The old man didn’t know what he got himself into. As a general rule of thumb, in this spinless city, no one ever talked back. EVER! He wasn’t new to that fact and he always abode by that. But today he felt inspired to speak his mind and get his tooth problem ‘resolved’. Fanya rearaanged his jaw for him before he was hastily whisked out of the matatu in to oncoming traffic. As usual people just sat there watching. Like the poor old man who was now semi road kill on the ground, another young chap garbed in a white promotional t-shirt with flame yellow armpits stood from his seat in protest. Irony was his shirt had ‘OMO, inatoa moadoa doa yote,’ written on it.
The tout who was now smelling of something out of a city council toilet was straightening his torn waist coat. The driver was trying to ‘speed’ off from the scene at 40 km/ hr with smoke bellowing from the exhaust and a coughing engine shuddering from time to time. The ‘OMO’ boy stood up and yanked what was left of Fanya’s waist coat.
‘Imekusaidia kivipi?’ Fanya demanded.
‘We acha! Kwani ni budako?’ was going to be the last thing the tout would utter. OMO boy tossed him out of the matatu and like super man, but without the worry of a cape to get caught on a speeding car tire, OMO boy lept out of the matatu; now screeching to a stand still and puulverised the tout on the highway.
Cars were now swerving past hooting psychotically. The swerving slowly damped down to a traffic jam where people peered out of their vehicles to watch the bout. Once they stared to their fill they drove off. About a 1km from the bout the old man was being ‘avoided’ as cars swerved past. One idiot drove by, slowed down and rolled down the window then yelled, ‘SOMEBODY HELP THIS MAN!’ and drove off.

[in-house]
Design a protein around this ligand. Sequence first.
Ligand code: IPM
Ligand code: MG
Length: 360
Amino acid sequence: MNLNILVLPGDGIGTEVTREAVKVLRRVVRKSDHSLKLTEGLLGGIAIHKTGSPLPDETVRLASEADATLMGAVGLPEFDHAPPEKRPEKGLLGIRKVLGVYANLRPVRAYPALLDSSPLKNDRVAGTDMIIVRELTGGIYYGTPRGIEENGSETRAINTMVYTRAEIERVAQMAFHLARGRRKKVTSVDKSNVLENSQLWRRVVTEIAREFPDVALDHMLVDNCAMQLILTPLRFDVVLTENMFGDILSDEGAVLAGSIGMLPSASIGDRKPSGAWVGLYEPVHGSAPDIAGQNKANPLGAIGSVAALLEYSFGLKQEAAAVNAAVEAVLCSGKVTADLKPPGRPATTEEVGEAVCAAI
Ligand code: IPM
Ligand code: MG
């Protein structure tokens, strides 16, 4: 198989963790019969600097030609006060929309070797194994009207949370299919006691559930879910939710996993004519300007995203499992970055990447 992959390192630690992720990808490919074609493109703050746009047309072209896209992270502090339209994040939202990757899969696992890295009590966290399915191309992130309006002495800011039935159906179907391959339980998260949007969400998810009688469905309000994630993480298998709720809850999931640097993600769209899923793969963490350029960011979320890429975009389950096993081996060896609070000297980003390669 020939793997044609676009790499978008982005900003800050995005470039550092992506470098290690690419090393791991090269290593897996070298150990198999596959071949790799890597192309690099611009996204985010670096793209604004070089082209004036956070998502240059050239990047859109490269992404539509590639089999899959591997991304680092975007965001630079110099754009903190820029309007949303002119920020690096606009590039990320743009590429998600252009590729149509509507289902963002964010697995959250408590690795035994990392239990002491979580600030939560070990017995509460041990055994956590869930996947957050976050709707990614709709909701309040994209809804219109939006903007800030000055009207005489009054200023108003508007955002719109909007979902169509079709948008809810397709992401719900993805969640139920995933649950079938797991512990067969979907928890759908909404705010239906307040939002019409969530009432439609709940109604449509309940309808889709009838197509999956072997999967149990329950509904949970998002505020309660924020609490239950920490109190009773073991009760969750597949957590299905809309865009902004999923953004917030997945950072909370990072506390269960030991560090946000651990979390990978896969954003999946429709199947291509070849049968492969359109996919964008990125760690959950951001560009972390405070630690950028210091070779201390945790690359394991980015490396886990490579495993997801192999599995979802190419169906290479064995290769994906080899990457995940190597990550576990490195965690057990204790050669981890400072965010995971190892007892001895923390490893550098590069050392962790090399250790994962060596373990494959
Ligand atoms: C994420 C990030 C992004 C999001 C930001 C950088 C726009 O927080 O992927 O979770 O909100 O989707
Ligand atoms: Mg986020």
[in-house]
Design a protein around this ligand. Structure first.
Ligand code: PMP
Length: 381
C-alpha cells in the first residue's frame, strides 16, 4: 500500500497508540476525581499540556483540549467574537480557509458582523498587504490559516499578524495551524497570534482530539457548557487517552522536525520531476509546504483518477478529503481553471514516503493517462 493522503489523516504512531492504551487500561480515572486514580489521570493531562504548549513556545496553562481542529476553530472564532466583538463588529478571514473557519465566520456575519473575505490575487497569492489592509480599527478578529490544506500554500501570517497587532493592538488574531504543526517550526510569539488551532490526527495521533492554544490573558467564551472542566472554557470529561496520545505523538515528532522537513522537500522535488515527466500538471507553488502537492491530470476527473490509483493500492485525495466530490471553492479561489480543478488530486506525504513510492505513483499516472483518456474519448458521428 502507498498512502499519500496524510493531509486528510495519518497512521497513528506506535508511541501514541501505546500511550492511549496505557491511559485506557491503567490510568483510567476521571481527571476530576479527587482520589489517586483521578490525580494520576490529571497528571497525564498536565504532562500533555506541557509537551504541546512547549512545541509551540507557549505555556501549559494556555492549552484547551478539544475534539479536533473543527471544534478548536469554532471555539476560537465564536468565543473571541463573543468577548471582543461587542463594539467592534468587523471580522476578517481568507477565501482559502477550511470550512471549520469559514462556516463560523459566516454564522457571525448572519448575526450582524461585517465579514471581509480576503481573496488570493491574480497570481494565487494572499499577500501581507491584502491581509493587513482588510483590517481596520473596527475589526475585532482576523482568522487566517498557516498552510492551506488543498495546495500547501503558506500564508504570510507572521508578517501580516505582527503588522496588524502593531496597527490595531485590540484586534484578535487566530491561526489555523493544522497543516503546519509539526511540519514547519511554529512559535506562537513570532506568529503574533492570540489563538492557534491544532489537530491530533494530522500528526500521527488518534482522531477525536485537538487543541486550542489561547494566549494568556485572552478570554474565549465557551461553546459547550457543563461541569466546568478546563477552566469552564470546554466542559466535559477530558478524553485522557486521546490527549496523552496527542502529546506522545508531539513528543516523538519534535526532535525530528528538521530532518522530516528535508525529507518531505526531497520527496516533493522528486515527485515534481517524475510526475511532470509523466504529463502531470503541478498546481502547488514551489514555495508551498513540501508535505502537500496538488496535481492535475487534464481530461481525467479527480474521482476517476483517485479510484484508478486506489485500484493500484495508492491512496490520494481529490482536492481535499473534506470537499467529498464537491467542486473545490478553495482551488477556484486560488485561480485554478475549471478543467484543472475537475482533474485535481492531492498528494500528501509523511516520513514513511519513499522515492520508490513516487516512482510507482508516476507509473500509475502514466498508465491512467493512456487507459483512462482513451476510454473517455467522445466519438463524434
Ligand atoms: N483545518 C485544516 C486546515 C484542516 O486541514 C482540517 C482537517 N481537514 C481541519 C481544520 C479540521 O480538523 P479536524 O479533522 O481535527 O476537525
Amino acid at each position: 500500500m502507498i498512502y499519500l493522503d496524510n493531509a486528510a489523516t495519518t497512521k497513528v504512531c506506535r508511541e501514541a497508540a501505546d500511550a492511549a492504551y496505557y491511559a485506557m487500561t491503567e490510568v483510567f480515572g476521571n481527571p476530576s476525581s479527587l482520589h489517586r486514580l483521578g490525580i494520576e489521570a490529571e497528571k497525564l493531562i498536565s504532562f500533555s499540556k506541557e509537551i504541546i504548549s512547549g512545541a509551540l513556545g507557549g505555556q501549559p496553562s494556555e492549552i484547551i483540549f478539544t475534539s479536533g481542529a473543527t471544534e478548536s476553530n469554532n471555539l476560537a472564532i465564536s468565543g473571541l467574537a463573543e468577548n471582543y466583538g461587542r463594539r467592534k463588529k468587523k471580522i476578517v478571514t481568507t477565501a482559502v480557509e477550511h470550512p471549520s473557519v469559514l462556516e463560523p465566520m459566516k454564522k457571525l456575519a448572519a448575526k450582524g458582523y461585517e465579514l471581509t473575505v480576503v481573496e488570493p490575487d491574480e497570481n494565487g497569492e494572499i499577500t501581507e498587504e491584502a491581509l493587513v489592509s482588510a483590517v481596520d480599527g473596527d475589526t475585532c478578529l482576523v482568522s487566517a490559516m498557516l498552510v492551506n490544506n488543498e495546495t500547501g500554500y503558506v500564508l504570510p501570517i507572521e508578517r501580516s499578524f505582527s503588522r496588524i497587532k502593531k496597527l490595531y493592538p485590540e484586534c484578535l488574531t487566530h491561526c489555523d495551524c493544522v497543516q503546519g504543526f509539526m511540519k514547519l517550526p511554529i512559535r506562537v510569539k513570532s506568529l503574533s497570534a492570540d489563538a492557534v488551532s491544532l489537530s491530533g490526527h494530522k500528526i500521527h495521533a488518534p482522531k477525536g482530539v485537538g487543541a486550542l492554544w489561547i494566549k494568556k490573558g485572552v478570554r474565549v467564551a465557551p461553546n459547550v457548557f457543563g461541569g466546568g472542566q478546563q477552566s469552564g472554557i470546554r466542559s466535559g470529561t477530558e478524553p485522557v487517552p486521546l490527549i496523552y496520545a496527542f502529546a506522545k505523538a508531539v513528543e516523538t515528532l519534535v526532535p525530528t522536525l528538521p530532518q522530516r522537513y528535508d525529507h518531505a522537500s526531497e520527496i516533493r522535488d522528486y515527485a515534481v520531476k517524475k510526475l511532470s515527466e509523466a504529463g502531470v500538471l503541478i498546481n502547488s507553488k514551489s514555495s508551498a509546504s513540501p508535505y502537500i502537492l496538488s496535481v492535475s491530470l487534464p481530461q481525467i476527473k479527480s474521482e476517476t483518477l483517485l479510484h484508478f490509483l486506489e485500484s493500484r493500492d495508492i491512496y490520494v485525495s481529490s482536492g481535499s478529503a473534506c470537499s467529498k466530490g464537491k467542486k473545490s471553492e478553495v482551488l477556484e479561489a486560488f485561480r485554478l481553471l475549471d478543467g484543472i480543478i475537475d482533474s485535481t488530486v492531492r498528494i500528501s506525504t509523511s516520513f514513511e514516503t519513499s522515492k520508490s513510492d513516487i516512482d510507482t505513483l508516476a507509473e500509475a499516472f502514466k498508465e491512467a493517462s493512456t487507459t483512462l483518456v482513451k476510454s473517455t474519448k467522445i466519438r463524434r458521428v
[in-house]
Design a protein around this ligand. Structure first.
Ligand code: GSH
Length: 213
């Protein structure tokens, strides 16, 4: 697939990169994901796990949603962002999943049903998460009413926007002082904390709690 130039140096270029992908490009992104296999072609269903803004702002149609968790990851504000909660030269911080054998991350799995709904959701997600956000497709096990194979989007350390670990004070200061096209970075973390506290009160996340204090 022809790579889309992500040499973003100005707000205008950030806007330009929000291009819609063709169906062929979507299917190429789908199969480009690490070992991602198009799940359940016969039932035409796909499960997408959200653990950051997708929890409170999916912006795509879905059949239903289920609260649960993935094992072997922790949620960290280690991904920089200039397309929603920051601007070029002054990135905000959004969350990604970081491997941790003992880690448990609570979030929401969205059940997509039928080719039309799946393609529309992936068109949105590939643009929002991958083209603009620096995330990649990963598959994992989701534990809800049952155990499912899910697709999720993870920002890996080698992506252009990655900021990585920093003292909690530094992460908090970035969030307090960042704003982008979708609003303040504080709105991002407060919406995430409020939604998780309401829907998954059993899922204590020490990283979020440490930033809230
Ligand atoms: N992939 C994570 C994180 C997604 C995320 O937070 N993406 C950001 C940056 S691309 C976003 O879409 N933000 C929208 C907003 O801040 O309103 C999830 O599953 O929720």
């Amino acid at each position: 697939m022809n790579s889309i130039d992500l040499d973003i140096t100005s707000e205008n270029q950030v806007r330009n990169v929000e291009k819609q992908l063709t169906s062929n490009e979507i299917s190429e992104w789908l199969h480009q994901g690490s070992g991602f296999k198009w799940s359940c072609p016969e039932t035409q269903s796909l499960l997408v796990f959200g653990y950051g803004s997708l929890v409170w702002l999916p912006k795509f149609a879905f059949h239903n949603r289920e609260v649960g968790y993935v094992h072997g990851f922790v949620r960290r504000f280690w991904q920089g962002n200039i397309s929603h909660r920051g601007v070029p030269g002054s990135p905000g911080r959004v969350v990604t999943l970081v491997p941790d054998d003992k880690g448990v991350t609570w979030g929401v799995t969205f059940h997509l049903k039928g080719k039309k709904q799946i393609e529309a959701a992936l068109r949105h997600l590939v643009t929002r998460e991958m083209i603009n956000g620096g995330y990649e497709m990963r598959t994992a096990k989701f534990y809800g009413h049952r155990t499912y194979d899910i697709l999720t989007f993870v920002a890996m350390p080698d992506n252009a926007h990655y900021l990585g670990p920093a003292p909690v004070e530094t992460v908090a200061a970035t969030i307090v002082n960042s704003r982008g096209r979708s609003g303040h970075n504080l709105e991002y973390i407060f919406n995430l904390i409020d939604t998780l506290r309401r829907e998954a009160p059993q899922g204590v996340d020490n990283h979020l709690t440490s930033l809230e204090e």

The police officer who was about 500 metres away from the dying man, continued to attempt to direct the traffic which was now bulding to 4 lanes from the usual 2. The cop pulled off his hat tossed it to the ground and walked away.
A blood curdling scream stopped the cop. He froze then his face was filled with dread he turned around in the direction of the sound and there stood a ‘fluffy’ lass covered in blood screaming in shock staring at her blood drenched hands. The cop shrugged his shoulders and walked toward her. Then someone else yelled from the opposite direction.
‘Ofisa! Mzee anakufa.’
The cop looked dumbfounded. He stood where he was and everything went mute. He stared at the bloody woman and the man yeling for his attention. It was Tuesday all over again.